There is evidence that hallucinations are influenced by cultural factors. For example, the voices heard typically speak in the patient's native tongue. Often hallucinations are autobiographical, as when a patient thinks he hears his mother scolding him for sinful behavior.

Among mental patients, hallucinations are related to restricted thinking and preoccupation with conflict, wishful thinking, and projection. The patient seems to become unable to distinguish between his own thoughts and preoccupations and the events in the outside world.

Both illusions and hallucinations can be induced by drugs such as the psychedelics.

Comments

    0 of 8192 characters used
    Post Comment

    No comments yet.

    working

    This website uses cookies

    As a user in the EEA, your approval is needed on a few things. To provide a better website experience, hubpages.com uses cookies (and other similar technologies) and may collect, process, and share personal data. Please choose which areas of our service you consent to our doing so.

    For more information on managing or withdrawing consents and how we handle data, visit our Privacy Policy at: https://hubpages.com/privacy-policy#gdpr

    Show Details
    Necessary
    HubPages Device IDThis is used to identify particular browsers or devices when the access the service, and is used for security reasons.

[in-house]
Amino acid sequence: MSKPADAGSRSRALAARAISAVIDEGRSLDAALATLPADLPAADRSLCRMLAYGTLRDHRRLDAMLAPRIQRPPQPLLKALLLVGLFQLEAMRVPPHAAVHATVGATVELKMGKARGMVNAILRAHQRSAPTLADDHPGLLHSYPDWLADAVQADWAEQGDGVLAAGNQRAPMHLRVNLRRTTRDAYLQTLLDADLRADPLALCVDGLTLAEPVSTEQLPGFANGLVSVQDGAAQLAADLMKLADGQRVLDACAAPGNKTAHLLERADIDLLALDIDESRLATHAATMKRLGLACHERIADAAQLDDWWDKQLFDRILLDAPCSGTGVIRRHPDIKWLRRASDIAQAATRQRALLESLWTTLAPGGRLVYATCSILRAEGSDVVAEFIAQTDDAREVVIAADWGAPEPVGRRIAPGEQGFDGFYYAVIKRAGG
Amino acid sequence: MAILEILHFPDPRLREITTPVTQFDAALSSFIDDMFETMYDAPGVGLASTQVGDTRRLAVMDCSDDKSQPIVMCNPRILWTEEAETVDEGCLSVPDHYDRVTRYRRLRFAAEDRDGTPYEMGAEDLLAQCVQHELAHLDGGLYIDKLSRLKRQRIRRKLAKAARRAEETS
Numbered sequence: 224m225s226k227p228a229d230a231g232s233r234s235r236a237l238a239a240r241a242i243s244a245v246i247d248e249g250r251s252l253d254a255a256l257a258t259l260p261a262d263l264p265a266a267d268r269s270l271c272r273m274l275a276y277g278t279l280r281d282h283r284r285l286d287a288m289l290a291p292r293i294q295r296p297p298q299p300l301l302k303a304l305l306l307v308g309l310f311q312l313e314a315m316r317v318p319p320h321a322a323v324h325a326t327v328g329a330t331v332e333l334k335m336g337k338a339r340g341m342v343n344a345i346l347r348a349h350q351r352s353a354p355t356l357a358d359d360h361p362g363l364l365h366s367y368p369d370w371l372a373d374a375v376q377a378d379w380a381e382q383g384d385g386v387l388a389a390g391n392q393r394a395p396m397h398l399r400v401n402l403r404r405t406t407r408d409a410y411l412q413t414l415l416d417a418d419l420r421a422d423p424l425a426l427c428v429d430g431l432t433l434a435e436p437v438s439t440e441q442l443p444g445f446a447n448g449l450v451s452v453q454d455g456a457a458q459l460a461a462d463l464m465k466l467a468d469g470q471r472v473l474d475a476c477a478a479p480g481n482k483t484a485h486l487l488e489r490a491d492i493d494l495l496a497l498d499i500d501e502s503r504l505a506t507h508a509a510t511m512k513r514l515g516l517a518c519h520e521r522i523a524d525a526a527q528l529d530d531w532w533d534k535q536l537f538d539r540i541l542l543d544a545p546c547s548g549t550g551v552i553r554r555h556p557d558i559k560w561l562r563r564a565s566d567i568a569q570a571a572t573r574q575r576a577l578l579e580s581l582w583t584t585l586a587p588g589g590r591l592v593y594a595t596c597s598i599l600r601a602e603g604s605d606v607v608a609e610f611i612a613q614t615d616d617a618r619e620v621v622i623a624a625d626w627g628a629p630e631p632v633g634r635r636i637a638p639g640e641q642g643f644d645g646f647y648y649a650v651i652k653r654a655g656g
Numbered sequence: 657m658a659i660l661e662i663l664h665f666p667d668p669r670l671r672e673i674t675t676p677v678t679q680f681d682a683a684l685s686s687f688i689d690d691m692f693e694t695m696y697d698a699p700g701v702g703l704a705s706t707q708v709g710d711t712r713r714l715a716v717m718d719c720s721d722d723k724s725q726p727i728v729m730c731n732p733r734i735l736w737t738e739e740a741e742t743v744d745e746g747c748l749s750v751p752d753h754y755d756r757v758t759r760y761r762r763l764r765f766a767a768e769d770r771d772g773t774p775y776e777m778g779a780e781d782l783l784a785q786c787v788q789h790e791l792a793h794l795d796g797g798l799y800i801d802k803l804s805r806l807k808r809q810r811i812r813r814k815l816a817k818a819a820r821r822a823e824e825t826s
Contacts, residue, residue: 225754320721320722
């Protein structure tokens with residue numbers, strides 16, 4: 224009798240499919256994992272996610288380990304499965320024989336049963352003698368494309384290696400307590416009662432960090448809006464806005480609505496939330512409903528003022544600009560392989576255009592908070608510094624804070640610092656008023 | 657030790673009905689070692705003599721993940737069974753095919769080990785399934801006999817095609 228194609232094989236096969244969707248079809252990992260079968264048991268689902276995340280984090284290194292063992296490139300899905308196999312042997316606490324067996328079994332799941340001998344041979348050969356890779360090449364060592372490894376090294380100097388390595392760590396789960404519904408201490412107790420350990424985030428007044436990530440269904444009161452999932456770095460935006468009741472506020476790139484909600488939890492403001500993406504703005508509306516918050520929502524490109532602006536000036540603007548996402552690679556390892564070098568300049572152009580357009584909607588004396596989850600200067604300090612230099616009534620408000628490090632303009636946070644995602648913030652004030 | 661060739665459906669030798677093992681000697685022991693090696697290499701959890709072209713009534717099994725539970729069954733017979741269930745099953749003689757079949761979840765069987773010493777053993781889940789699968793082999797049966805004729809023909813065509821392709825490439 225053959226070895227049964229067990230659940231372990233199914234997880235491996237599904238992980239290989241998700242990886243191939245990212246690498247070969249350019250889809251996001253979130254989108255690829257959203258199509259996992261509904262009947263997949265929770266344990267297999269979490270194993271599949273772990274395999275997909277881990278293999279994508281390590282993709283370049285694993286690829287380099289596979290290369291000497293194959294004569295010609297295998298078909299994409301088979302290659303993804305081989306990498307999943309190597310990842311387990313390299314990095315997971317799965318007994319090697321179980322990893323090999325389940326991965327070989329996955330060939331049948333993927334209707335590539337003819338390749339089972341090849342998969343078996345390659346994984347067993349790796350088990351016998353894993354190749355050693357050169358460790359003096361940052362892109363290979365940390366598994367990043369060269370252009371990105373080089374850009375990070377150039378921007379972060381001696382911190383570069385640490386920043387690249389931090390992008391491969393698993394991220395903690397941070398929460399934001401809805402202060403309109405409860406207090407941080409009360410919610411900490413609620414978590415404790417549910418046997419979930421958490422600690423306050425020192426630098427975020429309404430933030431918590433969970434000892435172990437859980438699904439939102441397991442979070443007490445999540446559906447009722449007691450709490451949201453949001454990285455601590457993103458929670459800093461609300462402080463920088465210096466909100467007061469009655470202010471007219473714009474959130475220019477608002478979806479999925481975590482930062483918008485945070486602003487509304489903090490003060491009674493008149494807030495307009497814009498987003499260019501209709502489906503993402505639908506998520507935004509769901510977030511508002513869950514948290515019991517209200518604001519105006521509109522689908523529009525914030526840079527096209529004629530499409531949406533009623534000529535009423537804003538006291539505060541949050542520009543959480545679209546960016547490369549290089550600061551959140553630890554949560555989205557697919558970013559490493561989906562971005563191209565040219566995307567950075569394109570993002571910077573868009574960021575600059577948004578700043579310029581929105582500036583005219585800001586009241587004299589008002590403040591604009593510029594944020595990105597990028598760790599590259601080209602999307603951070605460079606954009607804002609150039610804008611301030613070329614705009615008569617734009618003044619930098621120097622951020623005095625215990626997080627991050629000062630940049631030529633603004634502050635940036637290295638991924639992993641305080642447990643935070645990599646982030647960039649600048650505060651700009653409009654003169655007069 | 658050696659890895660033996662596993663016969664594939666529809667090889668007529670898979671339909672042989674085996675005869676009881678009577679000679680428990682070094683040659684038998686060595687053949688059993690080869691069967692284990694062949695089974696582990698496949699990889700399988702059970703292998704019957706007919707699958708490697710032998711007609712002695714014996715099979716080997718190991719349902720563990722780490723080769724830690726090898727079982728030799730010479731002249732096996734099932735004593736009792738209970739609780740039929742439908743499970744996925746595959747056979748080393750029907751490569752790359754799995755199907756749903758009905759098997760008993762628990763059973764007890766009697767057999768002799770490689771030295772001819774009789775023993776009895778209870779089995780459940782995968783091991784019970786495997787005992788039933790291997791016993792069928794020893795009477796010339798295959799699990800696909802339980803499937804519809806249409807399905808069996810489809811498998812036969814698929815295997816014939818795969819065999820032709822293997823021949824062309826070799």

LoginThis is necessary to sign in to the HubPages Service.
    Google RecaptchaThis is used to prevent bots and spam. (Privacy Policy)
    AkismetThis is used to detect comment spam. (Privacy Policy)
    HubPages Google AnalyticsThis is used to provide data on traffic to our website, all personally identifyable data is anonymized. (Privacy Policy)
    HubPages Traffic PixelThis is used to collect data on traffic to articles and other pages on our site. Unless you are signed in to a HubPages account, all personally identifiable information is anonymized.
    Amazon Web ServicesThis is a cloud services platform that we used to host our service. (Privacy Policy)
    CloudflareThis is a cloud CDN service that we use to efficiently deliver files required for our service to operate such as javascript, cascading style sheets, images, and videos. (Privacy Policy)
    Google Hosted LibrariesJavascript software libraries such as jQuery are loaded at endpoints on the googleapis.com or gstatic.com domains, for performance and efficiency reasons. (Privacy Policy)
    Features
    Google Custom SearchThis is feature allows you to search the site. (Privacy Policy)
    Google MapsSome articles have Google Maps embedded in them. (Privacy Policy)
    Google ChartsThis is used to display charts and graphs on articles and the author center. (Privacy Policy)